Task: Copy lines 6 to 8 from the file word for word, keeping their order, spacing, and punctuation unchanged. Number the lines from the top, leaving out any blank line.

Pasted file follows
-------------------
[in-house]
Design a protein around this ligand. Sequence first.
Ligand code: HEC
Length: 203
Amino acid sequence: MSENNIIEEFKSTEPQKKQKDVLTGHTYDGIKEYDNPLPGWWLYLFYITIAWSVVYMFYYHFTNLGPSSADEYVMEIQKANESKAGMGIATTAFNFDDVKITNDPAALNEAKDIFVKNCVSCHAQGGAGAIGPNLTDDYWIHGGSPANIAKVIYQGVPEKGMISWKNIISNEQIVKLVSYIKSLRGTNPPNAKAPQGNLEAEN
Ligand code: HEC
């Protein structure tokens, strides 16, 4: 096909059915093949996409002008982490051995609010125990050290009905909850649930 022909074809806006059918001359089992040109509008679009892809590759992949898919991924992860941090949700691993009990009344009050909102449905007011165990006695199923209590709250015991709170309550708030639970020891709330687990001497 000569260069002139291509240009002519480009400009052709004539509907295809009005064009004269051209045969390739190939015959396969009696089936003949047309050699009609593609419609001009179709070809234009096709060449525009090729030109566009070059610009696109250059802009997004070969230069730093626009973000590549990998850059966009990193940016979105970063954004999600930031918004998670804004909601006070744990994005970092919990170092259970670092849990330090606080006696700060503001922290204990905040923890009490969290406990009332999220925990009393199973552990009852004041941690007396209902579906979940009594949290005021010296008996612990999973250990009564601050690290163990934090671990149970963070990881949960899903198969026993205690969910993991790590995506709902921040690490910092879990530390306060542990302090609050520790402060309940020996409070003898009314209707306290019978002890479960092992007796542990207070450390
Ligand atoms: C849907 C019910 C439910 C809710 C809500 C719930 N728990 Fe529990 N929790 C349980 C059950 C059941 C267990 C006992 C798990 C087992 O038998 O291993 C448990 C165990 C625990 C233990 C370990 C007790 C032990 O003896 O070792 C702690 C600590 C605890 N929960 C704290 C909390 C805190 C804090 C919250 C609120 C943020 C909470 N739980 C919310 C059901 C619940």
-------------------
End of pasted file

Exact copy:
Ligand code: HEC
């Protein structure tokens, strides 16, 4: 096909059915093949996409002008982490051995609010125990050290009905909850649930 022909074809806006059918001359089992040109509008679009892809590759992949898919991924992860941090949700691993009990009344009050909102449905007011165990006695199923209590709250015991709170309550708030639970020891709330687990001497 000569260069002139291509240009002519480009400009052709004539509907295809009005064009004269051209045969390739190939015959396969009696089936003949047309050699009609593609419609001009179709070809234009096709060449525009090729030109566009070059610009696109250059802009997004070969230069730093626009973000590549990998850059966009990193940016979105970063954004999600930031918004998670804004909601006070744990994005970092919990170092259970670092849990330090606080006696700060503001922290204990905040923890009490969290406990009332999220925990009393199973552990009852004041941690007396209902579906979940009594949290005021010296008996612990999973250990009564601050690290163990934090671990149970963070990881949960899903198969026993205690969910993991790590995506709902921040690490910092879990530390306060542990302090609050520790402060309940020996409070003898009314209707306290019978002890479960092992007796542990207070450390
Ligand atoms: C849907 C019910 C439910 C809710 C809500 C719930 N728990 Fe529990 N929790 C349980 C059950 C059941 C267990 C006992 C798990 C087992 O038998 O291993 C448990 C165990 C625990 C233990 C370990 C007790 C032990 O003896 O070792 C702690 C600590 C605890 N929960 C704290 C909390 C805190 C804090 C919250 C609120 C943020 C909470 N739980 C919310 C059901 C619940």